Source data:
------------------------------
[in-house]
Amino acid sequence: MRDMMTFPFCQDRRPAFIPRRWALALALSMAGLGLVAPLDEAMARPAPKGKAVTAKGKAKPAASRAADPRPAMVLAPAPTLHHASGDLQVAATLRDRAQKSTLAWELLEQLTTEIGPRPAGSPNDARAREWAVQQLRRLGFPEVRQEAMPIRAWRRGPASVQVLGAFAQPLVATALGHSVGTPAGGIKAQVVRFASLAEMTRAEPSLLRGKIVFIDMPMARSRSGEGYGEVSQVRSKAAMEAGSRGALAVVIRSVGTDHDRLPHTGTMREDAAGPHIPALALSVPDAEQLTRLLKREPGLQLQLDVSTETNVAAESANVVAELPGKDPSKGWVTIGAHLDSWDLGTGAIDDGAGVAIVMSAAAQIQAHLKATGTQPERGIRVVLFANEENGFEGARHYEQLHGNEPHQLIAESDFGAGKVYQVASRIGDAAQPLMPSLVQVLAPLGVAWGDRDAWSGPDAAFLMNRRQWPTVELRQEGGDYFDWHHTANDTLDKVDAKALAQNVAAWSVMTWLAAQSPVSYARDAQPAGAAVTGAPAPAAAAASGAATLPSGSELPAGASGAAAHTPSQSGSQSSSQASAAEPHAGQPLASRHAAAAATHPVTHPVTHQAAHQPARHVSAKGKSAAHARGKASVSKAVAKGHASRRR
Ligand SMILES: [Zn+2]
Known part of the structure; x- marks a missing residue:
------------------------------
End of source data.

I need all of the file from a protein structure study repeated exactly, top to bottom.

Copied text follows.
[in-house]
Amino acid sequence: MRDMMTFPFCQDRRPAFIPRRWALALALSMAGLGLVAPLDEAMARPAPKGKAVTAKGKAKPAASRAADPRPAMVLAPAPTLHHASGDLQVAATLRDRAQKSTLAWELLEQLTTEIGPRPAGSPNDARAREWAVQQLRRLGFPEVRQEAMPIRAWRRGPASVQVLGAFAQPLVATALGHSVGTPAGGIKAQVVRFASLAEMTRAEPSLLRGKIVFIDMPMARSRSGEGYGEVSQVRSKAAMEAGSRGALAVVIRSVGTDHDRLPHTGTMREDAAGPHIPALALSVPDAEQLTRLLKREPGLQLQLDVSTETNVAAESANVVAELPGKDPSKGWVTIGAHLDSWDLGTGAIDDGAGVAIVMSAAAQIQAHLKATGTQPERGIRVVLFANEENGFEGARHYEQLHGNEPHQLIAESDFGAGKVYQVASRIGDAAQPLMPSLVQVLAPLGVAWGDRDAWSGPDAAFLMNRRQWPTVELRQEGGDYFDWHHTANDTLDKVDAKALAQNVAAWSVMTWLAAQSPVSYARDAQPAGAAVTGAPAPAAAAASGAATLPSGSELPAGASGAAAHTPSQSGSQSSSQASAAEPHAGQPLASRHAAAAATHPVTHPVTHQAAHQPARHVSAKGKSAAHARGKASVSKAVAKGHASRRR
Ligand SMILES: [Zn+2]
Known part of the structure; x- marks a missing residue: